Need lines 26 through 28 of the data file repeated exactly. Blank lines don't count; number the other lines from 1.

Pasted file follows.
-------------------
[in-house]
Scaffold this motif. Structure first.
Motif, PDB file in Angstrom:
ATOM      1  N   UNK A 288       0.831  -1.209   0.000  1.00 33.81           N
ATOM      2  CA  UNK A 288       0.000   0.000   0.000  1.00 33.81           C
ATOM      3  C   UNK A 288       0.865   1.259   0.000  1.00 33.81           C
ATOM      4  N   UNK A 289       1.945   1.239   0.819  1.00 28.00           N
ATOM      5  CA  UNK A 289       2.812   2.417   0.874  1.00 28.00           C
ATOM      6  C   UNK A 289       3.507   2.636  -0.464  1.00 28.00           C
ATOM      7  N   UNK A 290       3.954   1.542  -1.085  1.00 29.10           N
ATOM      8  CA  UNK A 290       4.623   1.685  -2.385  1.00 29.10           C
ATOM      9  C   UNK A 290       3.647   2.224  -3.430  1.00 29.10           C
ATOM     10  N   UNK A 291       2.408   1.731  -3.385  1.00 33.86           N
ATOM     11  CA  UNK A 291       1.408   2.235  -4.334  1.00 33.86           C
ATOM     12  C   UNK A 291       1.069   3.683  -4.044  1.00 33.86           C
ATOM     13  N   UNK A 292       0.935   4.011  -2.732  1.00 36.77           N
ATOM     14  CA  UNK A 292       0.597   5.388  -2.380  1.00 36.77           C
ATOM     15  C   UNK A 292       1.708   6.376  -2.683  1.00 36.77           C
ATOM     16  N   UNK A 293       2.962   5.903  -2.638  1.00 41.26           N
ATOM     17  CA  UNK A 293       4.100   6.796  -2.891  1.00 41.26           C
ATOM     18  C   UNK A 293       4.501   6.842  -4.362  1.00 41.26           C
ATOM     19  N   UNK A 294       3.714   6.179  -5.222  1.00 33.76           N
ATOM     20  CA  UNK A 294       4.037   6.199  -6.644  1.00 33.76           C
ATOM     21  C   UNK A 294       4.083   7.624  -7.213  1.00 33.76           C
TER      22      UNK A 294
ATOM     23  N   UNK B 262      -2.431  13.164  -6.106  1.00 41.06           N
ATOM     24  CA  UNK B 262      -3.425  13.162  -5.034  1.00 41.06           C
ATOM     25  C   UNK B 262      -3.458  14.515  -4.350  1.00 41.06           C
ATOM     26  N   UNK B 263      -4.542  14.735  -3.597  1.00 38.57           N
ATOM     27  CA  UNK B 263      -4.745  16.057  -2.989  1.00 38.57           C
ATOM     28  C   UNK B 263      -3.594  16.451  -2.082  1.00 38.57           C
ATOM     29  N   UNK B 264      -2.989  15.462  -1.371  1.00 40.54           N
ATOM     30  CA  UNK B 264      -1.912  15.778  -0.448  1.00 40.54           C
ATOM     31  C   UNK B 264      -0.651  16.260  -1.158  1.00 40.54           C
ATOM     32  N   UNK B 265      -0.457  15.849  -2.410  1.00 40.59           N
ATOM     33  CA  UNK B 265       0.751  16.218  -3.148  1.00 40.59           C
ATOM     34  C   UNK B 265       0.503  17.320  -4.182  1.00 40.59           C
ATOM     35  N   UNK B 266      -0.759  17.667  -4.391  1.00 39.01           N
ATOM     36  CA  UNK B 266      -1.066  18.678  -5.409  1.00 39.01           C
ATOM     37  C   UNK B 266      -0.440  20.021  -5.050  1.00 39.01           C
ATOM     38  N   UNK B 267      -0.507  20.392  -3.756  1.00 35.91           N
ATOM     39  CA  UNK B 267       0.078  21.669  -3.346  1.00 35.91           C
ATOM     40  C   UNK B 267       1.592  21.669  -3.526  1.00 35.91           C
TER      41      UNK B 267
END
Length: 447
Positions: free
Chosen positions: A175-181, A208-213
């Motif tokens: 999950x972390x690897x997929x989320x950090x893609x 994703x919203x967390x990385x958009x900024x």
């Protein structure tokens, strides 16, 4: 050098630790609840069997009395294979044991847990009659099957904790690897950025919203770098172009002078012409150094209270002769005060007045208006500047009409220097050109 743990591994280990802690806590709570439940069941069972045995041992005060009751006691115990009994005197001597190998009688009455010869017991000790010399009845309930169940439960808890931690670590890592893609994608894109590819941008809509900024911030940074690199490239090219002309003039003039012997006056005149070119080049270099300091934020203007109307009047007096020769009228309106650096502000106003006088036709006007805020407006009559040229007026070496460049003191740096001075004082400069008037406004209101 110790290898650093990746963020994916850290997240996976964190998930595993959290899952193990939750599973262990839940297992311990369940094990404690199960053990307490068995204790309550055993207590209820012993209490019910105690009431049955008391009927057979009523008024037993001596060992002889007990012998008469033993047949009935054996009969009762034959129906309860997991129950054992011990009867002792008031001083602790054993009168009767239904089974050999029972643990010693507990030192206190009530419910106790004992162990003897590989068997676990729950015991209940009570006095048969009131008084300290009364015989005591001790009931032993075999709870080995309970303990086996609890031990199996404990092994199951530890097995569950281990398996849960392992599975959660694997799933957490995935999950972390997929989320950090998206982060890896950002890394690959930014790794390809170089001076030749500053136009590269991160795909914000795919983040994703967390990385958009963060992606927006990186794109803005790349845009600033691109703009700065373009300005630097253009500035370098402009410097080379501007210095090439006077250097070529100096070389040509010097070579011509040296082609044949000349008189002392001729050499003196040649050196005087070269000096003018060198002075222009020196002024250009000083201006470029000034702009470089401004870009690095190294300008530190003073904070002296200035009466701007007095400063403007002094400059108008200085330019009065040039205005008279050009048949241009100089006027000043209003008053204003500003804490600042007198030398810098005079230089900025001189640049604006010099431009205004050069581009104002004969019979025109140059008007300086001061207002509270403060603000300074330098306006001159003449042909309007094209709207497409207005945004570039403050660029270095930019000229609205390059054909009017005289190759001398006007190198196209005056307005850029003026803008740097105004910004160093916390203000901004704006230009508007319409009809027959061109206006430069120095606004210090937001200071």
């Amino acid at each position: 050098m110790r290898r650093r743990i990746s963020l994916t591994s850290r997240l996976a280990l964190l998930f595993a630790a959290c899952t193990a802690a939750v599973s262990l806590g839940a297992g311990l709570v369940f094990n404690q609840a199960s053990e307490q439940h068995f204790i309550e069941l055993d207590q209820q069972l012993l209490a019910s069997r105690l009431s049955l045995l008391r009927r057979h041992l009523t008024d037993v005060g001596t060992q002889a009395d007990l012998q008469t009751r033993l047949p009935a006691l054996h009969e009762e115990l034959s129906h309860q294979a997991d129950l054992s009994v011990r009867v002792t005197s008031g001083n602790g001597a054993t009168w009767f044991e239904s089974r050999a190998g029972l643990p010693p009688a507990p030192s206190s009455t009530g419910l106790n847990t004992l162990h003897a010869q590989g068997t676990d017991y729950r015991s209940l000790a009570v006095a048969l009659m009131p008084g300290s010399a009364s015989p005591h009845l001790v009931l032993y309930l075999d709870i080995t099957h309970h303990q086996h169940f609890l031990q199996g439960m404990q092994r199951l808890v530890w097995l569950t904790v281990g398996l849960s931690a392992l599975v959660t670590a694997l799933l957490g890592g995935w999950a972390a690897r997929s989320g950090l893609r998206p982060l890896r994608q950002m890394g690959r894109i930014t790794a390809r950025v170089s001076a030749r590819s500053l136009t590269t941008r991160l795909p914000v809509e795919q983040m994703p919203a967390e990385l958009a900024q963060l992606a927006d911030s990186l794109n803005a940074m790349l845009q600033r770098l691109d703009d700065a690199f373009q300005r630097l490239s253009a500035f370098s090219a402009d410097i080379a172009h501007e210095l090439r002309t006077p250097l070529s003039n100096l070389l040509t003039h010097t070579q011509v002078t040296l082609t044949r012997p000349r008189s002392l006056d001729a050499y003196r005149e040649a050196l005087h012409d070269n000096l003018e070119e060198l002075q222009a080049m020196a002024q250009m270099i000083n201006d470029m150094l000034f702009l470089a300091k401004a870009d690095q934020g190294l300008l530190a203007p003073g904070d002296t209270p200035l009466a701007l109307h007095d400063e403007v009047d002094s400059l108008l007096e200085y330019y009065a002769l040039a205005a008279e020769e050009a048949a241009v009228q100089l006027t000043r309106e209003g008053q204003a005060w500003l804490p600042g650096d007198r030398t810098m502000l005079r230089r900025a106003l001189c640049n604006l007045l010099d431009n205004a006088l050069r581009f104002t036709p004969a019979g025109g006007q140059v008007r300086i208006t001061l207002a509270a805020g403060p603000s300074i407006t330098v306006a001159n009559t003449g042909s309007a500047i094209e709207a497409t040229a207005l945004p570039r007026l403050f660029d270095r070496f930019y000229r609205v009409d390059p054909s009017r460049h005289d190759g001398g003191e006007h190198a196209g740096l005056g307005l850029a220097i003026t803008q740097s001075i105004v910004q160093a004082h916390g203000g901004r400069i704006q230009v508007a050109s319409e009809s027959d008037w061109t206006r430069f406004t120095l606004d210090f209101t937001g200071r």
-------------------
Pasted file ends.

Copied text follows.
ATOM     23  N   UNK B 262      -2.431  13.164  -6.106  1.00 41.06           N
ATOM     24  CA  UNK B 262      -3.425  13.162  -5.034  1.00 41.06           C
ATOM     25  C   UNK B 262      -3.458  14.515  -4.350  1.00 41.06           C